Welcome to the Refugees (1851) | W.L. Costine
In the 1850s the United Kingdom became home to a number of European refugees who fled political persecution. Welcome to the Refugees celebrates the arrival of persecuted people on British shores.
Eve: Humankind’s First Revolutionary (1851) | Daniel Stern
She preferred grief to ignorance, death to slavery. She seized with a bold hand the guarded fruit, and moved the man to participate in her act of daring. The All-powerful chastised both, banished them.
A Song for the Democracy (1839) | H. Vincent
A Song for Democracy was written by H. Vincent and originally appeared in Williams’s National Songs in 1839. Reprinted here for the first time in nearly 200 years.
Is there yet spirit in England? (1839) | Anonymous
The following poem was written anonymously and published in Hugh Williams’s National Songs and Poetical Pieces (1839). Its sympathies are with the struggle for democracy and the emerging Chartist movement.
Loud the Song of Triumph (1839): A Chartist Song | Anonymous
The following poem appeared in the Chartist song book titled National Songs and Poetical Pieces (1839). It celebrates the fight for liberty and the vote in all four corners of the British Isles — from a time when there was no tension between the expression of a healthy patriotism and support for progressive causes.
A Chartist History of England (1849-50): William Rufus | Edwin Roberts
His memory, unrelieved by one noble trait, one magnanimous action, or one pure sentiment, comes down to us in chronicles, lay and secular, as one violent and tyrannical. A perfidious friend, an encroaching neighbour, a heartless and ungenerous relation.
Masaniello’s Call to the Neapolitans: A Chartist Song (1839) | Anonymous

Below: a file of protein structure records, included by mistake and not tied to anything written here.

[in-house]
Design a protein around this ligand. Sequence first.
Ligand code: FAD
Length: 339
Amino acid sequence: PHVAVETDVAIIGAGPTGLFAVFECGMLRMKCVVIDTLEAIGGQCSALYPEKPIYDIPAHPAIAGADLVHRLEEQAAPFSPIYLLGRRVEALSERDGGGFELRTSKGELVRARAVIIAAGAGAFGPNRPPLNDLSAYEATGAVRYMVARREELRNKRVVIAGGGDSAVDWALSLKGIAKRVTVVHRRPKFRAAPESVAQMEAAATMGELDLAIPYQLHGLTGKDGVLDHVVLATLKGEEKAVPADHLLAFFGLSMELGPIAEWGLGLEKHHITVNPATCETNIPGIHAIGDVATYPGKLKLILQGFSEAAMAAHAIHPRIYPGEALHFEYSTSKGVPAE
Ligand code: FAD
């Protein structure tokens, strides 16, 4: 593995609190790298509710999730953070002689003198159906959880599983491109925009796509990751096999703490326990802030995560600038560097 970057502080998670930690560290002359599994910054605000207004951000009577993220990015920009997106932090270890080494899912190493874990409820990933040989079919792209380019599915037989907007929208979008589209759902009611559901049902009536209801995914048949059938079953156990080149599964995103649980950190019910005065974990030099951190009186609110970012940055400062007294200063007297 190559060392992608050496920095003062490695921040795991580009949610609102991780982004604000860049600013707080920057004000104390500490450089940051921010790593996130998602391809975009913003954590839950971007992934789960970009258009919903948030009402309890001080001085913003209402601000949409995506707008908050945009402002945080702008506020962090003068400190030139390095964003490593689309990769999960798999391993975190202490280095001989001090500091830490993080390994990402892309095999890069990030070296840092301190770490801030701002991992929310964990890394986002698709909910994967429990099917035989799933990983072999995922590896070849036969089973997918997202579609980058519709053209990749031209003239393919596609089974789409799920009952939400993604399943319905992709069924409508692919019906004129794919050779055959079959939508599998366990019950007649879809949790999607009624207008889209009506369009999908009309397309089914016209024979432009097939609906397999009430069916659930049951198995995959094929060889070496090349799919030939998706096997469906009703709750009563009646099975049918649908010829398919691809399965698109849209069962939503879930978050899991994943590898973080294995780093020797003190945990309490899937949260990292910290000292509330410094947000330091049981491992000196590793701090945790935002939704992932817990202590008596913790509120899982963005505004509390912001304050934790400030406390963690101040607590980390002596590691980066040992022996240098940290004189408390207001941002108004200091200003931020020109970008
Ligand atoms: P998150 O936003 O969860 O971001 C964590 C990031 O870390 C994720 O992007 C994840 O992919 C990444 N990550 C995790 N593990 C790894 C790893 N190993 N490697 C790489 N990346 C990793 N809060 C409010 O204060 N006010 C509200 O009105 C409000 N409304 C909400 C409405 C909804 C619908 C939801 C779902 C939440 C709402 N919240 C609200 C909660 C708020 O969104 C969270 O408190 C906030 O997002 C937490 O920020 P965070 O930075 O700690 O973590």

Let the king live, but let the government perish!” May we not profit by this bright example, or shall the pages of history continue unfolded to us in vain?
A Chartist History of England (1849–50) | Edwin Roberts
Had this fierce untameable man, who, led only by the instinct of plunder and blood, any right claim to have his position recognised by millions of people as a king by right divine?
The Dewdrop | Eliza Cook
Eliza Cook (24 December 1818 – 23 September 1889) was an English author and poet associated with the pro-democracy Chartist movement.
To Switzerland | Anonymous
To Switzerland originally appeared in a Chartist songbook in 1839 and celebrates the beautiful country’s landscape and long tradition of political liberty.
Brave Canadians! (1839) | S.R.G.
There is no country on the face of the earth where despotisms prevails with more horrible atrocity than in Canada. We can well conceive the sort of sympathies entertained by the Melbourne and Russell government, when they permitted that splendid colony to be devastated by inhuman fiends, whose names shall be consigned to eternal infamy, as samples of the cannibal spirit of aristocratic domination. May our beneficent CREATOR grant that the British People may yet prove the liberators of the brave, bleeding, and prostrate Canadians!